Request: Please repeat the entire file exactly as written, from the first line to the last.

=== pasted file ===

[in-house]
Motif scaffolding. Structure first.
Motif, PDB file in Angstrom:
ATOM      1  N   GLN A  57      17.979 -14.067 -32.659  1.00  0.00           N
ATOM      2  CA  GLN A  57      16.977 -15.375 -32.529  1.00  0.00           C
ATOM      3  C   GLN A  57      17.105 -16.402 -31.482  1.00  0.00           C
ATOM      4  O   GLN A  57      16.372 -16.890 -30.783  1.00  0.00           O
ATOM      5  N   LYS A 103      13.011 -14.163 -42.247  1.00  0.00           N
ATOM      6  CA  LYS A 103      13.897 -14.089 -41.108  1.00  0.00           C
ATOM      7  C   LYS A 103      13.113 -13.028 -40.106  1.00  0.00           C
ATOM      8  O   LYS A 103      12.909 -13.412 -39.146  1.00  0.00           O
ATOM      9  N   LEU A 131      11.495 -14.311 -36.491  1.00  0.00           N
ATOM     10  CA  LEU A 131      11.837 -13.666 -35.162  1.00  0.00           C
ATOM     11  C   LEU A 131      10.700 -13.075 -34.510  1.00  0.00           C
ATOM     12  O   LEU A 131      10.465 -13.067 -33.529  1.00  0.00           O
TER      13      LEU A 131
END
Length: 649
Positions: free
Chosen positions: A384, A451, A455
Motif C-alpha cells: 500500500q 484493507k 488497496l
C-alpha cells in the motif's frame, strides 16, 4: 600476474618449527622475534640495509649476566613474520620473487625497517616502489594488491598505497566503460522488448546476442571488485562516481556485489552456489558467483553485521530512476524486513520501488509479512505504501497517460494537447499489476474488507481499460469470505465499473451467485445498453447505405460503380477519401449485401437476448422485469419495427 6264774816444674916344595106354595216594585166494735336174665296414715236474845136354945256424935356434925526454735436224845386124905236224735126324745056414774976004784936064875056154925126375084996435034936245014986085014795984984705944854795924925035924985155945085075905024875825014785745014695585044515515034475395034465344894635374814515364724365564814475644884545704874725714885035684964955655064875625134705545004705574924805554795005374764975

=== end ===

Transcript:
[in-house]
Motif scaffolding. Structure first.
Motif, PDB file in Angstrom:
ATOM      1  N   GLN A  57      17.979 -14.067 -32.659  1.00  0.00           N
ATOM      2  CA  GLN A  57      16.977 -15.375 -32.529  1.00  0.00           C
ATOM      3  C   GLN A  57      17.105 -16.402 -31.482  1.00  0.00           C
ATOM      4  O   GLN A  57      16.372 -16.890 -30.783  1.00  0.00           O
ATOM      5  N   LYS A 103      13.011 -14.163 -42.247  1.00  0.00           N
ATOM      6  CA  LYS A 103      13.897 -14.089 -41.108  1.00  0.00           C
ATOM      7  C   LYS A 103      13.113 -13.028 -40.106  1.00  0.00           C
ATOM      8  O   LYS A 103      12.909 -13.412 -39.146  1.00  0.00           O
ATOM      9  N   LEU A 131      11.495 -14.311 -36.491  1.00  0.00           N
ATOM     10  CA  LEU A 131      11.837 -13.666 -35.162  1.00  0.00           C
ATOM     11  C   LEU A 131      10.700 -13.075 -34.510  1.00  0.00           C
ATOM     12  O   LEU A 131      10.465 -13.067 -33.529  1.00  0.00           O
TER      13      LEU A 131
END
Length: 649
Positions: free
Chosen positions: A384, A451, A455
Motif C-alpha cells: 500500500q 484493507k 488497496l
C-alpha cells in the motif's frame, strides 16, 4: 600476474618449527622475534640495509649476566613474520620473487625497517616502489594488491598505497566503460522488448546476442571488485562516481556485489552456489558467483553485521530512476524486513520501488509479512505504501497517460494537447499489476474488507481499460469470505465499473451467485445498453447505405460503380477519401449485401437476448422485469419495427 6264774816444674916344595106354595216594585166494735336174665296414715236474845136354945256424935356434925526454735436224845386124905236224735126324745056414774976004784936064875056154925126375084996435034936245014986085014795984984705944854795924925035924985155945085075905024875825014785745014695585044515515034475395034465344894635374814515364724365564814475644884545704874725714885035684964955655064875625134705545004705574924805554795005374764975